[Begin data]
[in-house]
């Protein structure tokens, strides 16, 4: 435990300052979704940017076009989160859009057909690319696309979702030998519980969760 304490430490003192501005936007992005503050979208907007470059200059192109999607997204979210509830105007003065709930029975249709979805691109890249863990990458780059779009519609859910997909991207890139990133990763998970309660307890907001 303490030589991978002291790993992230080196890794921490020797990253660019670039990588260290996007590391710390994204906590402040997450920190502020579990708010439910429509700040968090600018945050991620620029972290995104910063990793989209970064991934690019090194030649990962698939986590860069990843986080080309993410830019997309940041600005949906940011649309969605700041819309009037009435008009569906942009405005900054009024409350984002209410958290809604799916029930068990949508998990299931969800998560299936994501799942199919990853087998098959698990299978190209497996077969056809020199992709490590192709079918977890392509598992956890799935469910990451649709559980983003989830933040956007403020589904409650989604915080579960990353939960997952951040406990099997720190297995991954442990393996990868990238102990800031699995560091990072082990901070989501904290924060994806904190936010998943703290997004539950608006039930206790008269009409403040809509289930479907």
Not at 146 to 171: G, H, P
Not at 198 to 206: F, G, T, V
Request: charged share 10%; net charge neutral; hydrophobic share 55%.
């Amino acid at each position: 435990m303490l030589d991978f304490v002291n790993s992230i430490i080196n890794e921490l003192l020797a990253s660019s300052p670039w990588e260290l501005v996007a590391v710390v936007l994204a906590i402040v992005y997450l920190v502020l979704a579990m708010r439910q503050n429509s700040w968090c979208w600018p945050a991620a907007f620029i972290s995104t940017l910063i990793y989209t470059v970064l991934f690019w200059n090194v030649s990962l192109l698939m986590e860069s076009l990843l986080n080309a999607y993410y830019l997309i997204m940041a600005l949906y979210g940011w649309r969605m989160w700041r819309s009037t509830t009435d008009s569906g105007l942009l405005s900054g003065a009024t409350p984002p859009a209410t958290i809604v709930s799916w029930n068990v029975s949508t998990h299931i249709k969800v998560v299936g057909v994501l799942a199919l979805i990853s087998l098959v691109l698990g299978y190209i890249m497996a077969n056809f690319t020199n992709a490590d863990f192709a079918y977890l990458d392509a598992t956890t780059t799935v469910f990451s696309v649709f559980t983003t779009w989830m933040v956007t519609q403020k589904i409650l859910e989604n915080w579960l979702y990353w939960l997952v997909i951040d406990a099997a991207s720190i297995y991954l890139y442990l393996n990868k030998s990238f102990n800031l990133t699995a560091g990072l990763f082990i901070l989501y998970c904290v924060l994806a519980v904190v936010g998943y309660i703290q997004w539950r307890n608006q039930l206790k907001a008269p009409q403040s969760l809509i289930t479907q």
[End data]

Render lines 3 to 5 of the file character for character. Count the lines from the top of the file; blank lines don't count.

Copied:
Not at 146 to 171: G, H, P
Not at 198 to 206: F, G, T, V
Request: charged share 10%; net charge neutral; hydrophobic share 55%.